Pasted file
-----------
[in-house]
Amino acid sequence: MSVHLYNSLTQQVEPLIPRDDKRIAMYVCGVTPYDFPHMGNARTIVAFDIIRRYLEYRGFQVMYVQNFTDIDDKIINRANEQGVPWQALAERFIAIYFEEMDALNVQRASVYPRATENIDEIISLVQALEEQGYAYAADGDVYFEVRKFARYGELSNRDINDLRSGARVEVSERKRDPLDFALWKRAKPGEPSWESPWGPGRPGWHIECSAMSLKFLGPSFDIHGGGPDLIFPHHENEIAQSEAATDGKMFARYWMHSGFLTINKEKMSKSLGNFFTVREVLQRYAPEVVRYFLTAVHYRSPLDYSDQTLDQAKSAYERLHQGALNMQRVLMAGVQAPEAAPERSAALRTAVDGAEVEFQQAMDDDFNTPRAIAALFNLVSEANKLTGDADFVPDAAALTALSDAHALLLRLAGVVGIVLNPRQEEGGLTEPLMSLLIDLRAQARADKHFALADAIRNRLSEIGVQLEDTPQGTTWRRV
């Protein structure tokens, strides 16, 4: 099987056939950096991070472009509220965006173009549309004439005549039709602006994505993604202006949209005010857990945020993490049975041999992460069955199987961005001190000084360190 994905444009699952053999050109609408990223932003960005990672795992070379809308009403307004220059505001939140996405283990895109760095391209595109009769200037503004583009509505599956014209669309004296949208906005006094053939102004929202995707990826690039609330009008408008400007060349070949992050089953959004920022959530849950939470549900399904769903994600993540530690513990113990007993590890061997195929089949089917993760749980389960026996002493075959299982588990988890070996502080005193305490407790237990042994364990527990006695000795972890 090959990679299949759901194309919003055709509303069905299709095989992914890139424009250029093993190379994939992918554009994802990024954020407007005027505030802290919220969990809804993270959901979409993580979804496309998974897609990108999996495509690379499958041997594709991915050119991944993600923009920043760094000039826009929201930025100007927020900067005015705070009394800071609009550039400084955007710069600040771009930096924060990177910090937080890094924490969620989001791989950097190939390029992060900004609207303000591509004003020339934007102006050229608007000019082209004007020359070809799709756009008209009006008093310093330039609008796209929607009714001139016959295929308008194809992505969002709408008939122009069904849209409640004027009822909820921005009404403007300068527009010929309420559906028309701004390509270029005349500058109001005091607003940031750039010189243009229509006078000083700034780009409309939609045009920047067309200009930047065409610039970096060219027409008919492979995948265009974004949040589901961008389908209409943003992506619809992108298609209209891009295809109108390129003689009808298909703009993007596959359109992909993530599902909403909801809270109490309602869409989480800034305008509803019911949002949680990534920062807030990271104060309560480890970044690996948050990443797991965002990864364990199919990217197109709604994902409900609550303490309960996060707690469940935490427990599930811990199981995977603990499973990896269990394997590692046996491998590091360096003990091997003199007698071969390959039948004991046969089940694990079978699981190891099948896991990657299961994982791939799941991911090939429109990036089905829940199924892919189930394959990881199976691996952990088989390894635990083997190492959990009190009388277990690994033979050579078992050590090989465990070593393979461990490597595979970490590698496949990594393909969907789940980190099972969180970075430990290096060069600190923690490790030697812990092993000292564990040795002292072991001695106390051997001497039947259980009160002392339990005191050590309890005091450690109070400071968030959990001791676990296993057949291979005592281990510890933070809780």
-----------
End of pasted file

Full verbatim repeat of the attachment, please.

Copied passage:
[in-house]
Amino acid sequence: MSVHLYNSLTQQVEPLIPRDDKRIAMYVCGVTPYDFPHMGNARTIVAFDIIRRYLEYRGFQVMYVQNFTDIDDKIINRANEQGVPWQALAERFIAIYFEEMDALNVQRASVYPRATENIDEIISLVQALEEQGYAYAADGDVYFEVRKFARYGELSNRDINDLRSGARVEVSERKRDPLDFALWKRAKPGEPSWESPWGPGRPGWHIECSAMSLKFLGPSFDIHGGGPDLIFPHHENEIAQSEAATDGKMFARYWMHSGFLTINKEKMSKSLGNFFTVREVLQRYAPEVVRYFLTAVHYRSPLDYSDQTLDQAKSAYERLHQGALNMQRVLMAGVQAPEAAPERSAALRTAVDGAEVEFQQAMDDDFNTPRAIAALFNLVSEANKLTGDADFVPDAAALTALSDAHALLLRLAGVVGIVLNPRQEEGGLTEPLMSLLIDLRAQARADKHFALADAIRNRLSEIGVQLEDTPQGTTWRRV
């Protein structure tokens, strides 16, 4: 099987056939950096991070472009509220965006173009549309004439005549039709602006994505993604202006949209005010857990945020993490049975041999992460069955199987961005001190000084360190 994905444009699952053999050109609408990223932003960005990672795992070379809308009403307004220059505001939140996405283990895109760095391209595109009769200037503004583009509505599956014209669309004296949208906005006094053939102004929202995707990826690039609330009008408008400007060349070949992050089953959004920022959530849950939470549900399904769903994600993540530690513990113990007993590890061997195929089949089917993760749980389960026996002493075959299982588990988890070996502080005193305490407790237990042994364990527990006695000795972890 090959990679299949759901194309919003055709509303069905299709095989992914890139424009250029093993190379994939992918554009994802990024954020407007005027505030802290919220969990809804993270959901979409993580979804496309998974897609990108999996495509690379499958041997594709991915050119991944993600923009920043760094000039826009929201930025100007927020900067005015705070009394800071609009550039400084955007710069600040771009930096924060990177910090937080890094924490969620989001791989950097190939390029992060900004609207303000591509004003020339934007102006050229608007000019082209004007020359070809799709756009008209009006008093310093330039609008796209929607009714001139016959295929308008194809992505969002709408008939122009069904849209409640004027009822909820921005009404403007300068527009010929309420559906028309701004390509270029005349500058109001005091607003940031750039010189243009229509006078000083700034780009409309939609045009920047067309200009930047065409610039970096060219027409008919492979995948265009974004949040589901961008389908209409943003992506619809992108298609209209891009295809109108390129003689009808298909703009993007596959359109992909993530599902909403909801809270109490309602869409989480800034305008509803019911949002949680990534920062807030990271104060309560480890970044690996948050990443797991965002990864364990199919990217197109709604994902409900609550303490309960996060707690469940935490427990599930811990199981995977603990499973990896269990394997590692046996491998590091360096003990091997003199007698071969390959039948004991046969089940694990079978699981190891099948896991990657299961994982791939799941991911090939429109990036089905829940199924892919189930394959990881199976691996952990088989390894635990083997190492959990009190009388277990690994033979050579078992050590090989465990070593393979461990490597595979970490590698496949990594393909969907789940980190099972969180970075430990290096060069600190923690490790030697812990092993000292564990040795002292072991001695106390051997001497039947259980009160002392339990005191050590309890005091450690109070400071968030959990001791676990296993057949291979005592281990510890933070809780």